All About Glass

All About Glass

This is your resource for exploring various topics in glass: delve deeper with this collection of articles, multimedia, and virtual books all about glass. Content is frequently added to the area, so check back for new items. If you have a topic you'd like to see covered, send us your suggestion. If you have a specific question, Ask a Glass Question at our Rakow Research Library.

Laboratory Studies of Some Glasses from Vergina
Article

Colorless Glasses in Antiquity Most glass objects of the second and first millennia B.C. were strongly colored, as are the precious stones they were meant to imitate. Those that were not intentionally colored usually had a pronounced greenish tint, owing to the presence of iron impurities

An Inlaid Glass Plate in Athens: Laboratory Examination
Article

Introduction In recent years it has become apparent that laboratory examinations of ancient glass might provide archaeologists and historians with valuable information about both ancient glass and the history of technology. At present several scientists working in this field are developing those

Scientific Investigations of Some Glasses from Sedeinga
Article

In 1973, Prof. Jean Leclant described the glass excavated at Sedeinga, a meroitic site in Sudan. 1 Among the objects are two extremely important footed flutes bearing elaborate "painted, and gilded polychrome decorations. Professor Leclant dated the tombs in which the glasses were uncovered to

An Observation on the Corinth Diatretum
Article

A great deal of attention has been directed toward understanding how Roman vasa diatreta were made. 1 Many of those who have handled the objects are convinced that they were made by deep cutting and undercutting heavy-walled blanks. Others have proposed explanations which require that the posts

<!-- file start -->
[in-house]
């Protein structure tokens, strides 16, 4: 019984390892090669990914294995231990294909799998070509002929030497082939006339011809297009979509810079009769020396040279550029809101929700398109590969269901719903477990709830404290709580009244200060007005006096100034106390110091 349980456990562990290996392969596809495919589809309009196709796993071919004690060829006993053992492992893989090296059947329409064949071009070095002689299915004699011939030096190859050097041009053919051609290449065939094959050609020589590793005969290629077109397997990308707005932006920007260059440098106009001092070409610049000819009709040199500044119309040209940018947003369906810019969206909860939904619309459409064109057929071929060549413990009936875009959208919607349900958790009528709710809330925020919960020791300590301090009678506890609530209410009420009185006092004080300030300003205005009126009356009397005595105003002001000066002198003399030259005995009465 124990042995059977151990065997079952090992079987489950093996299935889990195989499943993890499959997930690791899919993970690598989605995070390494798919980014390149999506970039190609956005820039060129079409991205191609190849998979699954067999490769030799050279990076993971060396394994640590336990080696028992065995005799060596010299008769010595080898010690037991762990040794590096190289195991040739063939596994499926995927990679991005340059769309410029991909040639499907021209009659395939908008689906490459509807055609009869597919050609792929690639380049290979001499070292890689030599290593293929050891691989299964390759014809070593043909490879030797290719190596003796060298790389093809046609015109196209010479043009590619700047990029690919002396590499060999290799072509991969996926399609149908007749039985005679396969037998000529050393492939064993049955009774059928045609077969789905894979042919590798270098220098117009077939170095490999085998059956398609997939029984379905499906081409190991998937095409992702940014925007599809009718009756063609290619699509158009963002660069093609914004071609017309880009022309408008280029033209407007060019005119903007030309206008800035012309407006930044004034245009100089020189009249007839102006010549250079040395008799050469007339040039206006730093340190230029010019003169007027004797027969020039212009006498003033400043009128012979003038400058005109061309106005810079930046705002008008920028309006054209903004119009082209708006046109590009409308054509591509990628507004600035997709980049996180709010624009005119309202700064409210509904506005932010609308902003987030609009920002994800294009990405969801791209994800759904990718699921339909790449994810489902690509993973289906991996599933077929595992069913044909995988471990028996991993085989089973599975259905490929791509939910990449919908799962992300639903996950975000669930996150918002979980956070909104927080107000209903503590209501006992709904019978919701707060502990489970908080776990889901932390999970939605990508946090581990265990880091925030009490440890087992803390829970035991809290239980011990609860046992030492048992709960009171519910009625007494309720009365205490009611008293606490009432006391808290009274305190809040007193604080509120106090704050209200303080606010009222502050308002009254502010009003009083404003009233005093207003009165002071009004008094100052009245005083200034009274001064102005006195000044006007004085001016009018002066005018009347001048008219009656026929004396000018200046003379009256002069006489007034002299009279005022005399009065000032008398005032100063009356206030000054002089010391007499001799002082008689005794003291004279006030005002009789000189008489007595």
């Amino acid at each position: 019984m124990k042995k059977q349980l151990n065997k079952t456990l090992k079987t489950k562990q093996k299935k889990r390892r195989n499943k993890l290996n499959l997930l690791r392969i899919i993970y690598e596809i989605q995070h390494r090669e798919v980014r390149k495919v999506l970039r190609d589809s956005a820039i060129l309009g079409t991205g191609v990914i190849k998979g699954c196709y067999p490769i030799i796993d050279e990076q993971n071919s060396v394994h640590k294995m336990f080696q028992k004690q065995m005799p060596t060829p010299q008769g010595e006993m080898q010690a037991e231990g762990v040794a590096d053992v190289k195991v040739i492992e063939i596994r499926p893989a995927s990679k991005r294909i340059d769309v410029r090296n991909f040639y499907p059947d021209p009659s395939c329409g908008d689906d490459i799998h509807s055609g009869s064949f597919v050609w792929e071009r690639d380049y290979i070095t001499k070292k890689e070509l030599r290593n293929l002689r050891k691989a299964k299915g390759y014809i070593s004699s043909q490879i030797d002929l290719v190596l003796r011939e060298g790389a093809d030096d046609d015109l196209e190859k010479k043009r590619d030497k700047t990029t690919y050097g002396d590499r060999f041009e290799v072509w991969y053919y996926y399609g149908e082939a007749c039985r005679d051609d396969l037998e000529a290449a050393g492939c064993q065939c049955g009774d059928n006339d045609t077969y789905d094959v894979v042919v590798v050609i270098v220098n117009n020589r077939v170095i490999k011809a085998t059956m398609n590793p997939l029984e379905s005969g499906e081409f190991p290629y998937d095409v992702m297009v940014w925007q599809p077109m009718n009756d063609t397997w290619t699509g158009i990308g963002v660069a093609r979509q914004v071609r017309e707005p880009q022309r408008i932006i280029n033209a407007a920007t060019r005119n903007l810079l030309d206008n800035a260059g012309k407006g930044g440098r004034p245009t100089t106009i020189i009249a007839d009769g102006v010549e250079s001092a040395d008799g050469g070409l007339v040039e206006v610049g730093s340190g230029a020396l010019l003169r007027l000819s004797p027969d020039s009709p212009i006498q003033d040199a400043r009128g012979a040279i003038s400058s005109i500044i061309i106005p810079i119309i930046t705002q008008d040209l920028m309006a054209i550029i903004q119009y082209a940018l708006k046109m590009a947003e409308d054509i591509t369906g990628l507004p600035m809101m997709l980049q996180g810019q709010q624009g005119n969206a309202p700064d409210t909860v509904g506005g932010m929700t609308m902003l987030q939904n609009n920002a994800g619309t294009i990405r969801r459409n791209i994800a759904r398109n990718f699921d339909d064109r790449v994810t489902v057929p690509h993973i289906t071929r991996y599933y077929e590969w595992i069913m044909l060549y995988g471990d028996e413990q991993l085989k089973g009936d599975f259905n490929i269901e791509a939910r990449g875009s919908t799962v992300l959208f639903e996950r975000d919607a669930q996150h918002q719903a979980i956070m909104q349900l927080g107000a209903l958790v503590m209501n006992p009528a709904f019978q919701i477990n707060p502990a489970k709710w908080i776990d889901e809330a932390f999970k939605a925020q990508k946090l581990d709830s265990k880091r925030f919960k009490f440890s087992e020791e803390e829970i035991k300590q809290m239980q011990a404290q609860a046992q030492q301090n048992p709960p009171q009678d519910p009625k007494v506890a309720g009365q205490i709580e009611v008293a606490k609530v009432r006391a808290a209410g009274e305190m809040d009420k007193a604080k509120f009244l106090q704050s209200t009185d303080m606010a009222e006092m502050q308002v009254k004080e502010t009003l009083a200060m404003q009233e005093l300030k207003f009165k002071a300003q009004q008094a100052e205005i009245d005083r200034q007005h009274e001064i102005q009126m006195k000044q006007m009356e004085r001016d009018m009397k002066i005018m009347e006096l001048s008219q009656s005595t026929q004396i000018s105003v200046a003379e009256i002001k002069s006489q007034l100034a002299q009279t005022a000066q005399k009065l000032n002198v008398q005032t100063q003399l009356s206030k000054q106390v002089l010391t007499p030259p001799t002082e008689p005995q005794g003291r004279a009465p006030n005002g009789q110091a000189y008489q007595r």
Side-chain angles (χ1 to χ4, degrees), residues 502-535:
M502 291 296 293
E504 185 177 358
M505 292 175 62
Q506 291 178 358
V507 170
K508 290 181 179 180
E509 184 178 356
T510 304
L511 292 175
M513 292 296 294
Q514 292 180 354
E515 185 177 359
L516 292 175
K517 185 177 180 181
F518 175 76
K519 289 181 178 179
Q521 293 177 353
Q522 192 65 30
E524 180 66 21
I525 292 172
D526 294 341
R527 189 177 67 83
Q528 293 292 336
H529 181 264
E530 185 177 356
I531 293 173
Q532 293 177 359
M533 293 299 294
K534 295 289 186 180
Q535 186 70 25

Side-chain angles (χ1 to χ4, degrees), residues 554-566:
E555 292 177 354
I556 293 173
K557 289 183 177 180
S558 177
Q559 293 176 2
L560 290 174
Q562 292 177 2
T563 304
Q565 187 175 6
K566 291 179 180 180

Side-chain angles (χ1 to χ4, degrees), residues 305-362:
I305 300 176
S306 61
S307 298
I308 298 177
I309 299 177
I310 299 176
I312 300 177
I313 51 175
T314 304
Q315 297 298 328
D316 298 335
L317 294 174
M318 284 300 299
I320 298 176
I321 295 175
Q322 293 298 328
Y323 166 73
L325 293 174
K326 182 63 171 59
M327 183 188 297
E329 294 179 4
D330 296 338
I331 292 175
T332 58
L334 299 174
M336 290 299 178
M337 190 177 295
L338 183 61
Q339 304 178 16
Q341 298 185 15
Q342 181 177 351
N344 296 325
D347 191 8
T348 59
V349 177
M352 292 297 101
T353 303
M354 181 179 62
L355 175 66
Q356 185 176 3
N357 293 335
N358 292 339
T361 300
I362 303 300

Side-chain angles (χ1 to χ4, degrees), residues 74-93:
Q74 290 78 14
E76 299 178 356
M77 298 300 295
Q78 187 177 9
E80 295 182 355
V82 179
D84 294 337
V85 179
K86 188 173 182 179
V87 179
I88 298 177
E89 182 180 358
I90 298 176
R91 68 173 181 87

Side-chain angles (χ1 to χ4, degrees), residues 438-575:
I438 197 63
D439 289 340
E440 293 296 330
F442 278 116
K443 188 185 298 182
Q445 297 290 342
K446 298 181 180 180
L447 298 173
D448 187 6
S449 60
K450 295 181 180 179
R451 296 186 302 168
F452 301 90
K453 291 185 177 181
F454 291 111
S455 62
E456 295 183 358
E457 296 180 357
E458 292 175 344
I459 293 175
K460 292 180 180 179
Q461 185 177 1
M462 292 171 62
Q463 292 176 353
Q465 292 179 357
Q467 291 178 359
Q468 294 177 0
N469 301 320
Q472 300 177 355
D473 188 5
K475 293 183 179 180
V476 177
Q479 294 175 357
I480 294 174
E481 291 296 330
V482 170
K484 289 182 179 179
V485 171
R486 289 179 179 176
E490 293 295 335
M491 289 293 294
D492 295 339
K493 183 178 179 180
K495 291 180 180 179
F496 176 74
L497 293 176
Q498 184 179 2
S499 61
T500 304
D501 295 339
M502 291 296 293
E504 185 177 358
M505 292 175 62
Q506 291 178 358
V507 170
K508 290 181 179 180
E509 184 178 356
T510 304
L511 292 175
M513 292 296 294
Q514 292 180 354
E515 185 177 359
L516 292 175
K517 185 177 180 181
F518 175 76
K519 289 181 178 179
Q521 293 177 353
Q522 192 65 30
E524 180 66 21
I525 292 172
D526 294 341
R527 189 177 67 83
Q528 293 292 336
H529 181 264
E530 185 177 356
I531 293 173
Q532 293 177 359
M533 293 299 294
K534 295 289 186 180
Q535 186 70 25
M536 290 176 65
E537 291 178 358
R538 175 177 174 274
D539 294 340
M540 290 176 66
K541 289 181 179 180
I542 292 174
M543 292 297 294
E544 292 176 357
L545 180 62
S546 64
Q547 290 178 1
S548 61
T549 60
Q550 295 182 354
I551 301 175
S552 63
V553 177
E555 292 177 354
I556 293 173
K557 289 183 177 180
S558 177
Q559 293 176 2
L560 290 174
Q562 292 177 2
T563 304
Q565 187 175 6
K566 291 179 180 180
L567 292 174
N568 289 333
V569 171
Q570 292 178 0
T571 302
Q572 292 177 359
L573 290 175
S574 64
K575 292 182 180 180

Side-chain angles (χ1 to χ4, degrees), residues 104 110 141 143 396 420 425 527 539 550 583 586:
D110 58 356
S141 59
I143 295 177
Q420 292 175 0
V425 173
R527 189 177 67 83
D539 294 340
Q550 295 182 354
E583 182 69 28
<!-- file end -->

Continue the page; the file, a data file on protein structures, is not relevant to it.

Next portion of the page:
The Chemical Composition of a Faience Bead from China
Article

During the past few years, there has been a vigorous renewal of interest in the study of ancient Chinese glass. This has been prompted largely by recent archaeological finds and by the availability of new scientific laboratory techniques for studying glass objects. Research in the past decade by

The Use of Equilibrated Silica Gel for the Protection of Glass with Incipient Crizzling
Article

In a previous publication 1 we have discussed glasses showing incipient crizzling, that is, glasses in the earliest stages of crizzling. This condition threatens many pieces of European, East Asiatic, and American glasses manufactured between the seventeenth and nineteenth centuries. Examples exist

Stained Glass from Saint-Jean-des-Vignes (Soissons) and Comparisons with Glass from Other Medieval Sites
Article

The abbey of Saint-Jean-des-Vignes has dominated the urban landscape of the northern French city of Soissons since the 11th century. 1 Formally established in 1076, the abbey was built, rebuilt, sacked, and restored from its founding to the present day. In its Gothic phase, the church measured more

Chemical Analyses of Amelung Glasses
Article

Introduction Chemical analyses and laboratory studies of glasses from the ancient and medieval worlds have provided a great deal of useful information for archaeologists, curators, and historians, 1 but until now, few such studies have been carried out on glasses from more recent periods. One

Does Glass Flow?
Article

(No, It Doesn't Flow—read on for details) Early one spring morning in 1946, Clarence Hoke was holding forth in his chemistry class at West Side High School in Newark, New Jersey. "Glass is actually a liquid." the North Carolina native told us in his soft Southern tones. "You can

Underwater Archeology
Video

Between 1984 and 1994 the Institute of Nautical Archaeology (INA) excavated the remains of a Late Bronze Age shipwreck in the Mediterranean Sea. The ship's cargo consisted primarily of raw materials, including glass. Learn about archeology underwater: www.cmog.org Courtesy of Institute of